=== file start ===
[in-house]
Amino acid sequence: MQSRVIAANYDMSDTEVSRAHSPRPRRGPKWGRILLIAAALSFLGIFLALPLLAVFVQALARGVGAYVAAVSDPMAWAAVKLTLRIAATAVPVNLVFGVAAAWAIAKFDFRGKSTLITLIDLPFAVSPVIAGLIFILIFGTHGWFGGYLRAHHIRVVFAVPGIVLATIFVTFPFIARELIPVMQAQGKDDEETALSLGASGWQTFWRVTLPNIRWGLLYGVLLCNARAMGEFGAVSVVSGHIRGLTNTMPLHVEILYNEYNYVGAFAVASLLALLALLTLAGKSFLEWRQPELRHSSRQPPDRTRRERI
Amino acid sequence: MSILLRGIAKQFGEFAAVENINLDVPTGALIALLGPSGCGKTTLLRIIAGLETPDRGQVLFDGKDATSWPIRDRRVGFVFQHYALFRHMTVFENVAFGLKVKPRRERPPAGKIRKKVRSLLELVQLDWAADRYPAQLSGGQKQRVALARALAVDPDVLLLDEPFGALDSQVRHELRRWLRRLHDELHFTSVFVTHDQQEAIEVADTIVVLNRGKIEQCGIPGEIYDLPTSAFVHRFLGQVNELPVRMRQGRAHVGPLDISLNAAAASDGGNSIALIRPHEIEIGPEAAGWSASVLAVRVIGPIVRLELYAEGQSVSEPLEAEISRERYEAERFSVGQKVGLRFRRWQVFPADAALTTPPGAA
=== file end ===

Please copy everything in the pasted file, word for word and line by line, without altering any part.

[in-house]
Amino acid sequence: MQSRVIAANYDMSDTEVSRAHSPRPRRGPKWGRILLIAAALSFLGIFLALPLLAVFVQALARGVGAYVAAVSDPMAWAAVKLTLRIAATAVPVNLVFGVAAAWAIAKFDFRGKSTLITLIDLPFAVSPVIAGLIFILIFGTHGWFGGYLRAHHIRVVFAVPGIVLATIFVTFPFIARELIPVMQAQGKDDEETALSLGASGWQTFWRVTLPNIRWGLLYGVLLCNARAMGEFGAVSVVSGHIRGLTNTMPLHVEILYNEYNYVGAFAVASLLALLALLTLAGKSFLEWRQPELRHSSRQPPDRTRRERI
Amino acid sequence: MSILLRGIAKQFGEFAAVENINLDVPTGALIALLGPSGCGKTTLLRIIAGLETPDRGQVLFDGKDATSWPIRDRRVGFVFQHYALFRHMTVFENVAFGLKVKPRRERPPAGKIRKKVRSLLELVQLDWAADRYPAQLSGGQKQRVALARALAVDPDVLLLDEPFGALDSQVRHELRRWLRRLHDELHFTSVFVTHDQQEAIEVADTIVVLNRGKIEQCGIPGEIYDLPTSAFVHRFLGQVNELPVRMRQGRAHVGPLDISLNAAAASDGGNSIALIRPHEIEIGPEAAGWSASVLAVRVIGPIVRLELYAEGQSVSEPLEAEISRERYEAERFSVGQKVGLRFRRWQVFPADAALTTPPGAA